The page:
• You’re often short of breath, especially after exercise or other physical effort. And your lungs don’t work as efficiently as they should, even when you take medicine to open up your airways.
  • You keep having attacks even though you’re using inhaled corticosteroids. Symptoms may stop when you take oral corticosteroids, but come back when you go off of them.
  • You get sinus infections often, and you have growths inside your nose or sinuses called nasal polyps.

It can take time to get to the right diagnosis. The symptoms are more likely to point to chronic obstructive pulmonary disease (COPD). The most reliable test for e-asthma involves coughing up mucus. But it can be hard to do and not every lab can process the results.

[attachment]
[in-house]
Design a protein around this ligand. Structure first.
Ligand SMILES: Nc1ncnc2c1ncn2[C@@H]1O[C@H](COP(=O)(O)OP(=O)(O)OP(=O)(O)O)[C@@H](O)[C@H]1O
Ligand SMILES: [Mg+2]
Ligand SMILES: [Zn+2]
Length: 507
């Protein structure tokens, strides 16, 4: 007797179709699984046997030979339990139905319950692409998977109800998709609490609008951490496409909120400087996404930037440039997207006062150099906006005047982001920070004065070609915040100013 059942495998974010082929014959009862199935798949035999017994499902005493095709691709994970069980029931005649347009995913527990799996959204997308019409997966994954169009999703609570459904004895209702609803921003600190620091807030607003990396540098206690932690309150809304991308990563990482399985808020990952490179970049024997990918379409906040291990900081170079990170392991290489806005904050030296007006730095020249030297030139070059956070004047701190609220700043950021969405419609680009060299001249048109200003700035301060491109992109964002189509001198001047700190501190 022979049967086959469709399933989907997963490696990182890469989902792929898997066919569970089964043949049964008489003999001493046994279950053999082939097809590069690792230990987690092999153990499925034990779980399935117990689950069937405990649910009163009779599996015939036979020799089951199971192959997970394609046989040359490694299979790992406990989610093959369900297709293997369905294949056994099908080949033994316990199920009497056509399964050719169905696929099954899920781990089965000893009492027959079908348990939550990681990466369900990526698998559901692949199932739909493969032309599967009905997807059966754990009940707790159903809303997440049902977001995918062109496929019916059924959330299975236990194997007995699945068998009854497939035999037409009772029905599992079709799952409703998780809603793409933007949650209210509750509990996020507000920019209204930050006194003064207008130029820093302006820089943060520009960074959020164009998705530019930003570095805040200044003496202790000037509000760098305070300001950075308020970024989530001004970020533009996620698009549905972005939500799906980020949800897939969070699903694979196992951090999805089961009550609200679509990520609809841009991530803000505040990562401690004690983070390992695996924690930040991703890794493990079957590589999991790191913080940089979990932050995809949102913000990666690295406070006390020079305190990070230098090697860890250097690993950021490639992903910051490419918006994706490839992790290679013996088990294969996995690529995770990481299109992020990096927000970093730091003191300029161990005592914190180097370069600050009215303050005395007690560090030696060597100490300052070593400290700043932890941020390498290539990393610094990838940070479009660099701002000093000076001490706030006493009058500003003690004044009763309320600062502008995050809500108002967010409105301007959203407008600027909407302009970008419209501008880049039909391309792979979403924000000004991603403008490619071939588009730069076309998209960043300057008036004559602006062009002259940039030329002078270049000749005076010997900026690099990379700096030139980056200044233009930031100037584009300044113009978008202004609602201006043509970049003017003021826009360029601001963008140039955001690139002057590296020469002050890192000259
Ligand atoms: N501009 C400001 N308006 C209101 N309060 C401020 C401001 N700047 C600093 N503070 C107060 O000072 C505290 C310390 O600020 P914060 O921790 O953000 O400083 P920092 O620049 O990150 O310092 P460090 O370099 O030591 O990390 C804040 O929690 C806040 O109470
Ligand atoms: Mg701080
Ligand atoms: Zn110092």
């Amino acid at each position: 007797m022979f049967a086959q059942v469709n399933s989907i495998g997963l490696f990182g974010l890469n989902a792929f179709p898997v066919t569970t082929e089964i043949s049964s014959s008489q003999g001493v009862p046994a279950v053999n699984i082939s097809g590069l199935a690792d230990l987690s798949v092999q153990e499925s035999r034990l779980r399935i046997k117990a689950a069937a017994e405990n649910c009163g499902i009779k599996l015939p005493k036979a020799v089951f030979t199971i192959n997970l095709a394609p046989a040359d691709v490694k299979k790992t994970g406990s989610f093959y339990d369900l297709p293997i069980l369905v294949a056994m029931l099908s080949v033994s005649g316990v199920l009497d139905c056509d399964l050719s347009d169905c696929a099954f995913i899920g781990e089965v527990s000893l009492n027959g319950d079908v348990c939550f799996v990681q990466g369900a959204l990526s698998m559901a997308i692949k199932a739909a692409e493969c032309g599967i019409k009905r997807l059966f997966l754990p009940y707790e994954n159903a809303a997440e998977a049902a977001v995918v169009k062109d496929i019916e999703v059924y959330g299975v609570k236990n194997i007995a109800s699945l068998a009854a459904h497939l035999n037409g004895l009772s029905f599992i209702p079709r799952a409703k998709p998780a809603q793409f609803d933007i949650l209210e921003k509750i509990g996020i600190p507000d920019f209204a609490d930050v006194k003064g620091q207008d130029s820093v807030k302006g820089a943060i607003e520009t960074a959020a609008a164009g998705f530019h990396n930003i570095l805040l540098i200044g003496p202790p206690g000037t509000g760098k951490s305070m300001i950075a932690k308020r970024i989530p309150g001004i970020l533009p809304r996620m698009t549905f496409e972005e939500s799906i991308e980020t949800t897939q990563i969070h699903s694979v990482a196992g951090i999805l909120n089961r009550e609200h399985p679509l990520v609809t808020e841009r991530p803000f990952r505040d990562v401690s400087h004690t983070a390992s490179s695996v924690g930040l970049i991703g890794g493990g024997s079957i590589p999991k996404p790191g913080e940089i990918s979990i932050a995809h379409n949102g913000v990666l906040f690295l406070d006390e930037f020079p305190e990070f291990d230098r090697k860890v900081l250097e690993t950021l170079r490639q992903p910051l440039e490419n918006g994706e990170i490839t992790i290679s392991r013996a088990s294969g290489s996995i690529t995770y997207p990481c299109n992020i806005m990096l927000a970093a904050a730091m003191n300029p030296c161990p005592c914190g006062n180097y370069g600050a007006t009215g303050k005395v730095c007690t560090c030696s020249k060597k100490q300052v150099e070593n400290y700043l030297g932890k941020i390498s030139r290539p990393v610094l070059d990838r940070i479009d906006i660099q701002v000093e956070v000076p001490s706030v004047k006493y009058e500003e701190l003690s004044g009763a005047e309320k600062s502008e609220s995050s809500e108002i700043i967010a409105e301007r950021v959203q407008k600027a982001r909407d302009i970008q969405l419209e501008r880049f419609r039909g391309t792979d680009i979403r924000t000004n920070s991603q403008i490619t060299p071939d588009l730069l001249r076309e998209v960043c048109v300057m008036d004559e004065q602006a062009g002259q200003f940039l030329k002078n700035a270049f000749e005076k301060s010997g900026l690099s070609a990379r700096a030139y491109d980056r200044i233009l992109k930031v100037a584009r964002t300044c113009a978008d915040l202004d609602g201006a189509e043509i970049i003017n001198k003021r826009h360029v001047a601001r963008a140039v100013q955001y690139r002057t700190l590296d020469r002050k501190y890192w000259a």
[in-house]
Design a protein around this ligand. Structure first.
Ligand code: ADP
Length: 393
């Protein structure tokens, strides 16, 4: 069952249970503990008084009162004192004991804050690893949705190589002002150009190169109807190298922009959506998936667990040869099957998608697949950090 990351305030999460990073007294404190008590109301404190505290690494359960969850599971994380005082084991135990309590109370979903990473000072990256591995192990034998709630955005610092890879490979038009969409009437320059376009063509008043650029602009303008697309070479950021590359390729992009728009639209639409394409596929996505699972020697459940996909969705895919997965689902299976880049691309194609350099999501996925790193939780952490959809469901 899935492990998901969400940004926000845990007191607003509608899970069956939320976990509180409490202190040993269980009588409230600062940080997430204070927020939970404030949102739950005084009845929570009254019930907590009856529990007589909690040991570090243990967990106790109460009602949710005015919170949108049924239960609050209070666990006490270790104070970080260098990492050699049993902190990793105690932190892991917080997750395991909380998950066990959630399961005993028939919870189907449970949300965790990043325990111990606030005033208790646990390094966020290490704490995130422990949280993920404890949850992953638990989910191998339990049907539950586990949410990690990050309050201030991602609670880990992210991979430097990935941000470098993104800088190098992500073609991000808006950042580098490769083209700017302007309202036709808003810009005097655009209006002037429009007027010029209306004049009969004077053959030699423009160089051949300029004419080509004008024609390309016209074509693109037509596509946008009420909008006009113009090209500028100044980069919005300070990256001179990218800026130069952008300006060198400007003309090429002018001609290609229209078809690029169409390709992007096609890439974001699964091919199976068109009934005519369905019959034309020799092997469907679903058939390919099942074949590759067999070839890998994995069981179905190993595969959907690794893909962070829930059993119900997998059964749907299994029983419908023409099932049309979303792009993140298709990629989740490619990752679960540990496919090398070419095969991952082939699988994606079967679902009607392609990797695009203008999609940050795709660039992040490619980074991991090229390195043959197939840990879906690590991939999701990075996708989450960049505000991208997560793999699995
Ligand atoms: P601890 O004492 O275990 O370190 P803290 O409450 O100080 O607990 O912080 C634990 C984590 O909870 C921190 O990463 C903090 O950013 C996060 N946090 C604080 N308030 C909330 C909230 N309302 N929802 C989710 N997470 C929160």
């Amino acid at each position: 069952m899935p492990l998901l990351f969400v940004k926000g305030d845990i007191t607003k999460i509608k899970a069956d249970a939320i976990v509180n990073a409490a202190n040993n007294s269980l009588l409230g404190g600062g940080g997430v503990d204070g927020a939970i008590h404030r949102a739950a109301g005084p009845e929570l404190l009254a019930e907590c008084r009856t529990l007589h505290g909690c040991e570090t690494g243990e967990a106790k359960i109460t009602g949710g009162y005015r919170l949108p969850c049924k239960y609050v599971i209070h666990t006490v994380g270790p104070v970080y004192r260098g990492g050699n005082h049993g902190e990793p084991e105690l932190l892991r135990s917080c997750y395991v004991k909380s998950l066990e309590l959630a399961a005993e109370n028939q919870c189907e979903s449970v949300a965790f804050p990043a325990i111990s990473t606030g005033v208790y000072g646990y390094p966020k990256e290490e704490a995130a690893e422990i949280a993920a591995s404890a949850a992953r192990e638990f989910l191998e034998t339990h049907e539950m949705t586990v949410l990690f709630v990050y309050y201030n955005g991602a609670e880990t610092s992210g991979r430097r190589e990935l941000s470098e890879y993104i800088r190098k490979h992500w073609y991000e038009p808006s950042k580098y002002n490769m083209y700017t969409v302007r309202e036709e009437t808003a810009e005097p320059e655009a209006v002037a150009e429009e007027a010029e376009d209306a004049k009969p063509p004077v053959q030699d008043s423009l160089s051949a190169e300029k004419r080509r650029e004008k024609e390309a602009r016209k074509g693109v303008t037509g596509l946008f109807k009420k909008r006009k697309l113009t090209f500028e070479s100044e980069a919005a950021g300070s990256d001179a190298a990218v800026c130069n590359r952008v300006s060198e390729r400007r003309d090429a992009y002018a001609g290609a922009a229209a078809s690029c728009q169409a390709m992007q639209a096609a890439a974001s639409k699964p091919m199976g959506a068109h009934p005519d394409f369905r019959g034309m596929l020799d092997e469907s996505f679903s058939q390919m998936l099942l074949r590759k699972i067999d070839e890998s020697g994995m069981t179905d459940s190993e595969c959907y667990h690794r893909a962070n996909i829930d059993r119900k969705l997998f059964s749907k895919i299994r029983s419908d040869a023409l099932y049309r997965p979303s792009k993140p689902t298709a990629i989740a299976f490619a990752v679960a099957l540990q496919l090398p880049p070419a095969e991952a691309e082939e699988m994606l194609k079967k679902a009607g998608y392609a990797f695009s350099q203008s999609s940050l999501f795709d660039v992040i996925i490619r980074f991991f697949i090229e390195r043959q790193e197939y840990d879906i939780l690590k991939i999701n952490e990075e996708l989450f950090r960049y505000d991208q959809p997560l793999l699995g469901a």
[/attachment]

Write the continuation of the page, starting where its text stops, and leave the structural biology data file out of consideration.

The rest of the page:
What to Watch For

To avoid eosinophilic asthma flares, it’s important to stay on top of your symptoms. If you can spot an attack coming on, you may be able to prevent it. You may want to keep a symptom diary to make note of how you feel every day. Some people use a device called a peak flow meter that measures how hard you can blow air out of your lungs. 

Signs that lung inflammation is getting worse include: 

  • Your peak flow number is down.
  • Your chest feels tight.
  • You’re coughing. 
  • You’re unusually tired.

You and your doctor should come up with an asthma action plan. It tells you which symptoms to watch for and what to do when you have them.

How to Get Control